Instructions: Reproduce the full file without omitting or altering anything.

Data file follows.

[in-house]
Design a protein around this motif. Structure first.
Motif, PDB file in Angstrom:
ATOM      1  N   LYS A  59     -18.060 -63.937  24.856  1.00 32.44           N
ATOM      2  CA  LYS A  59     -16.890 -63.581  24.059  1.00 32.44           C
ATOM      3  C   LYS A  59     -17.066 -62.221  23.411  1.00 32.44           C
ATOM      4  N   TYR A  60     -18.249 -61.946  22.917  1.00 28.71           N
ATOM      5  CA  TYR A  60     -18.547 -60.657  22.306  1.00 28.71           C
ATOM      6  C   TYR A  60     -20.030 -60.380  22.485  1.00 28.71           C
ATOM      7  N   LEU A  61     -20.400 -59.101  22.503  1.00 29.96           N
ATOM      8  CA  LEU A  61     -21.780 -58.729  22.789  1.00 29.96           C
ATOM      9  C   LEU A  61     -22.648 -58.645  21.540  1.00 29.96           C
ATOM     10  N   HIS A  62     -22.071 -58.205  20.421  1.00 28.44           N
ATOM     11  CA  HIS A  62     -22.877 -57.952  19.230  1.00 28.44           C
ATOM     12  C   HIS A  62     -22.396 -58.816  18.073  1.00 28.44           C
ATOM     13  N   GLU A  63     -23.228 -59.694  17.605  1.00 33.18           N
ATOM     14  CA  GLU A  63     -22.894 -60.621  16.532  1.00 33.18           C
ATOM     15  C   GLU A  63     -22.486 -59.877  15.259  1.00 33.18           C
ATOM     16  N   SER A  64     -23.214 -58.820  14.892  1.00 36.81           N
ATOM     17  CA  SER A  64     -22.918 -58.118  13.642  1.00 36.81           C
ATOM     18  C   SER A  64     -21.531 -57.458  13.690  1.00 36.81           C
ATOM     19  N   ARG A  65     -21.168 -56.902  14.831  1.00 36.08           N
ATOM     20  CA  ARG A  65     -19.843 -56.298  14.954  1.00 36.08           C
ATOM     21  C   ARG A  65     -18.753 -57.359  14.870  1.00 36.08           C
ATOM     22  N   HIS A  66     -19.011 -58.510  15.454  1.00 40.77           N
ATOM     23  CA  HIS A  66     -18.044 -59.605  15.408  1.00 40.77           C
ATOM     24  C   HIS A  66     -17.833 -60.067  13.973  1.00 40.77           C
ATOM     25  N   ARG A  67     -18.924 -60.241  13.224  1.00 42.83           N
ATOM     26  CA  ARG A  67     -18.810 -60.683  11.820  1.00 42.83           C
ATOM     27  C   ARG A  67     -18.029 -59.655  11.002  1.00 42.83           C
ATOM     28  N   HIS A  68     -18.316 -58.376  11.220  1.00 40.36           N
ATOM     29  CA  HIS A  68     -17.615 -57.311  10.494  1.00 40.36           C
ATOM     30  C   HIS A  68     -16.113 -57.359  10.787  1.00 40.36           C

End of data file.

[in-house]
Design a protein around this motif. Structure first.
Motif, PDB file in Angstrom:
ATOM      1  N   LYS A  59     -18.060 -63.937  24.856  1.00 32.44           N
ATOM      2  CA  LYS A  59     -16.890 -63.581  24.059  1.00 32.44           C
ATOM      3  C   LYS A  59     -17.066 -62.221  23.411  1.00 32.44           C
ATOM      4  N   TYR A  60     -18.249 -61.946  22.917  1.00 28.71           N
ATOM      5  CA  TYR A  60     -18.547 -60.657  22.306  1.00 28.71           C
ATOM      6  C   TYR A  60     -20.030 -60.380  22.485  1.00 28.71           C
ATOM      7  N   LEU A  61     -20.400 -59.101  22.503  1.00 29.96           N
ATOM      8  CA  LEU A  61     -21.780 -58.729  22.789  1.00 29.96           C
ATOM      9  C   LEU A  61     -22.648 -58.645  21.540  1.00 29.96           C
ATOM     10  N   HIS A  62     -22.071 -58.205  20.421  1.00 28.44           N
ATOM     11  CA  HIS A  62     -22.877 -57.952  19.230  1.00 28.44           C
ATOM     12  C   HIS A  62     -22.396 -58.816  18.073  1.00 28.44           C
ATOM     13  N   GLU A  63     -23.228 -59.694  17.605  1.00 33.18           N
ATOM     14  CA  GLU A  63     -22.894 -60.621  16.532  1.00 33.18           C
ATOM     15  C   GLU A  63     -22.486 -59.877  15.259  1.00 33.18           C
ATOM     16  N   SER A  64     -23.214 -58.820  14.892  1.00 36.81           N
ATOM     17  CA  SER A  64     -22.918 -58.118  13.642  1.00 36.81           C
ATOM     18  C   SER A  64     -21.531 -57.458  13.690  1.00 36.81           C
ATOM     19  N   ARG A  65     -21.168 -56.902  14.831  1.00 36.08           N
ATOM     20  CA  ARG A  65     -19.843 -56.298  14.954  1.00 36.08           C
ATOM     21  C   ARG A  65     -18.753 -57.359  14.870  1.00 36.08           C
ATOM     22  N   HIS A  66     -19.011 -58.510  15.454  1.00 40.77           N
ATOM     23  CA  HIS A  66     -18.044 -59.605  15.408  1.00 40.77           C
ATOM     24  C   HIS A  66     -17.833 -60.067  13.973  1.00 40.77           C
ATOM     25  N   ARG A  67     -18.924 -60.241  13.224  1.00 42.83           N
ATOM     26  CA  ARG A  67     -18.810 -60.683  11.820  1.00 42.83           C
ATOM     27  C   ARG A  67     -18.029 -59.655  11.002  1.00 42.83           C
ATOM     28  N   HIS A  68     -18.316 -58.376  11.220  1.00 40.36           N
ATOM     29  CA  HIS A  68     -17.615 -57.311  10.494  1.00 40.36           C
ATOM     30  C   HIS A  68     -16.113 -57.359  10.787  1.00 40.36           C